Apostle James advocates this truth strongly. James 3:8-10, “No man can tame the tongue. It is an unruly evil, full of deadly poison. With it we bless our God and Father, and with it we curse men, who have been made in the likeness of God. Out of the same mouth proceed blessing and cursing. My brothers, these things ought not to be so!” We need to be extremely cautious about the words of communication. Do we use abusive language? Are our words angry? Do we make accusing statements? Do we pass arrogant comments? Unless we set these matters right, we cannot be effective in prayer life. That’s why the admonition: “Confess your trespasses to one another and pray for one another that you may be healed” (Js 5:16). Confess to “one another.” There is a mutuality of confession. Only after such confessions, our prayers will be effective. The latter portion of the same verse says, “The effective fervent prayer of a righteous man avails much.” Our prayers become effective and avail much only when we confess our faults to one another, and set right our relational problems. Here is a call for reconciliation and restitution. Sit down in the presence of God, make a list of people whom you should forgive and to whom you should apologise, and act on it. Then your conscience will be clear. “If our heart condemns us God is greater than our heart and knows all things. If our heart does not condemn us, we have confidence towards God. And, whatever we ask we receive from Him, because we keep His commandments and do those things that are pleasing in His sight” (1 Jn 3:20-22).

If we should keep our conscience clear, we must obey His commandments, which are twofold— “Believe on Him,” and “Love one another.” Faith and forgiveness are inseparable. Beloved, unless we take a serious view of this matter, our praying will actually be losing ground. After clashing with someone we usually pray, “God, protect me as the apple of Your eye.” We fail to remember that as much as we are precious to God as the apple of His eye, the other person is also the apple of God’s eye—may be the next eye! All the children of God are various organs of the Body of Christ. If a particular part or an organ becomes defective we don’t immediately amputate it and throw it away. We often forget how patient God has been with us. Let us be so patient with people. Don’t take this teaching lightly. It is a priority.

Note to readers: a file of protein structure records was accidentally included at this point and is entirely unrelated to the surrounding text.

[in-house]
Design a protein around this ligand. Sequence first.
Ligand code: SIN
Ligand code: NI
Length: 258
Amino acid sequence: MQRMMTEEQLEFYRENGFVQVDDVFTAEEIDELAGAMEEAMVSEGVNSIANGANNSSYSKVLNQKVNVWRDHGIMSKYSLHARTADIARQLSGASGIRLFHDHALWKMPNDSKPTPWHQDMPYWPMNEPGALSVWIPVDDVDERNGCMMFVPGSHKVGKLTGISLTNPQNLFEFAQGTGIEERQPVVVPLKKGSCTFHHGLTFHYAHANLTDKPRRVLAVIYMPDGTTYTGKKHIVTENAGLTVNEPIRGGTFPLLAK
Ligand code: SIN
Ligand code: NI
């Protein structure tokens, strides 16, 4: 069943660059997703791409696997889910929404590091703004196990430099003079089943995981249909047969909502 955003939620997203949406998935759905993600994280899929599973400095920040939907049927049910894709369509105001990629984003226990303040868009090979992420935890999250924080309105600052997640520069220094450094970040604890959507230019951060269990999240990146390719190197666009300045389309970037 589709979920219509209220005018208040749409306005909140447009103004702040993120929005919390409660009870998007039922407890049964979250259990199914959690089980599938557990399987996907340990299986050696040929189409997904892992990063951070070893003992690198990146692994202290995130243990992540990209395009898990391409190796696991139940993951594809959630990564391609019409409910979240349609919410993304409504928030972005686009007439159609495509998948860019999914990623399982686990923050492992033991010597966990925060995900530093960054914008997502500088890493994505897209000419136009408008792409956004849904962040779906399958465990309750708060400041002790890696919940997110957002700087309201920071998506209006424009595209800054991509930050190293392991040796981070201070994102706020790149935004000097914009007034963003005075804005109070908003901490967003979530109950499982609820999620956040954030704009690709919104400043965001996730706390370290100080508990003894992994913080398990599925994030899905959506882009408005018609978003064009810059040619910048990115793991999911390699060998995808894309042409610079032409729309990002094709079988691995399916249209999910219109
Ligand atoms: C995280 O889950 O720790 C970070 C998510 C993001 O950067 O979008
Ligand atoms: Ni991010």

Turn again to the Sermon on the Mount. Matthew 5:23, 24, “If you bring your gift to the altar and there remember that your brother has something against you, leave your gift there before the altar and

go your way. First be reconciled to your brother, and then come and offer your gift.” When God says “first,” He means “first.”

Contextually speaking, “something against you” refers to abusive words. Verse 22, “Whoever is angry with his brother without a cause shall be in danger of judgement. And whoever says to his brother, ‘Raca!’ shall be in danger of the council. Whoever says, ‘You fool!’ shall be in danger of hellfire.” Did you notice the word “danger” comes thrice in one single verse? Danger of the judgement, danger of the council and danger of hellfire.

Everybody today is talking about revival. By improving a programme, revival does not come. By inviting a more popular preacher, revival does not come. By increasing the number of musical instruments, revival does not come. Revival will come when every member in the Church begins to set things right with one another. Don’t wait for it to start with the other person. You take the first step. Don’t argue in your mind about who should take the initiative. You who come to the altar, you who want to pray, you go and get reconciled and then come and offer the gift.